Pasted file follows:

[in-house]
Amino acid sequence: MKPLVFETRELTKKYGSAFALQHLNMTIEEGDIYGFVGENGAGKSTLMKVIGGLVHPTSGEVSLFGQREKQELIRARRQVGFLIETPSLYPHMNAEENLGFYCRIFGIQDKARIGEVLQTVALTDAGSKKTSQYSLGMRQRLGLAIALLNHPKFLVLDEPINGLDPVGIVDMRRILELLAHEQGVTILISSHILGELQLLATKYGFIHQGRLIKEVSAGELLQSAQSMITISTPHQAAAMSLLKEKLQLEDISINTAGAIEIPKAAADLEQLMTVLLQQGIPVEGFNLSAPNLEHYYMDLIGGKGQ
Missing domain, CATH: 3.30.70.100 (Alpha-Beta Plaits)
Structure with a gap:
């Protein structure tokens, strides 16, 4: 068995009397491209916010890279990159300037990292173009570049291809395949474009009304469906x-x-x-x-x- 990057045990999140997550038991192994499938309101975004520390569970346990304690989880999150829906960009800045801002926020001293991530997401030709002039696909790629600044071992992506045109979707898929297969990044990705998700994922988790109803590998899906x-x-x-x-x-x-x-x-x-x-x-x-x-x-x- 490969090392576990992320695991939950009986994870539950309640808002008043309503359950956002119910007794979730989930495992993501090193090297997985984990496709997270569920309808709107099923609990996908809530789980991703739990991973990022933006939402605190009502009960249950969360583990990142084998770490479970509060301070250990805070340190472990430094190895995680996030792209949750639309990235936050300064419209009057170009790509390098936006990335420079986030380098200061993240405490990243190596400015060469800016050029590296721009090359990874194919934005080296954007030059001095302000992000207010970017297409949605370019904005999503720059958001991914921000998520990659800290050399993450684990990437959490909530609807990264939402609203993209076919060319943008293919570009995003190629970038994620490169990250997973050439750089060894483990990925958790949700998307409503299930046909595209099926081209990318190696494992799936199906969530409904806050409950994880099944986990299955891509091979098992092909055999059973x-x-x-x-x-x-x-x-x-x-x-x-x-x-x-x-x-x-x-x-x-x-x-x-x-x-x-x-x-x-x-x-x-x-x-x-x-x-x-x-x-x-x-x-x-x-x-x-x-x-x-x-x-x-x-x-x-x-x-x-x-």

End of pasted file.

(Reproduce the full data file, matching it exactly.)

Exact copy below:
[in-house]
Amino acid sequence: MKPLVFETRELTKKYGSAFALQHLNMTIEEGDIYGFVGENGAGKSTLMKVIGGLVHPTSGEVSLFGQREKQELIRARRQVGFLIETPSLYPHMNAEENLGFYCRIFGIQDKARIGEVLQTVALTDAGSKKTSQYSLGMRQRLGLAIALLNHPKFLVLDEPINGLDPVGIVDMRRILELLAHEQGVTILISSHILGELQLLATKYGFIHQGRLIKEVSAGELLQSAQSMITISTPHQAAAMSLLKEKLQLEDISINTAGAIEIPKAAADLEQLMTVLLQQGIPVEGFNLSAPNLEHYYMDLIGGKGQ
Missing domain, CATH: 3.30.70.100 (Alpha-Beta Plaits)
Structure with a gap:
């Protein structure tokens, strides 16, 4: 068995009397491209916010890279990159300037990292173009570049291809395949474009009304469906x-x-x-x-x- 990057045990999140997550038991192994499938309101975004520390569970346990304690989880999150829906960009800045801002926020001293991530997401030709002039696909790629600044071992992506045109979707898929297969990044990705998700994922988790109803590998899906x-x-x-x-x-x-x-x-x-x-x-x-x-x-x- 490969090392576990992320695991939950009986994870539950309640808002008043309503359950956002119910007794979730989930495992993501090193090297997985984990496709997270569920309808709107099923609990996908809530789980991703739990991973990022933006939402605190009502009960249950969360583990990142084998770490479970509060301070250990805070340190472990430094190895995680996030792209949750639309990235936050300064419209009057170009790509390098936006990335420079986030380098200061993240405490990243190596400015060469800016050029590296721009090359990874194919934005080296954007030059001095302000992000207010970017297409949605370019904005999503720059958001991914921000998520990659800290050399993450684990990437959490909530609807990264939402609203993209076919060319943008293919570009995003190629970038994620490169990250997973050439750089060894483990990925958790949700998307409503299930046909595209099926081209990318190696494992799936199906969530409904806050409950994880099944986990299955891509091979098992092909055999059973x-x-x-x-x-x-x-x-x-x-x-x-x-x-x-x-x-x-x-x-x-x-x-x-x-x-x-x-x-x-x-x-x-x-x-x-x-x-x-x-x-x-x-x-x-x-x-x-x-x-x-x-x-x-x-x-x-x-x-x-x-």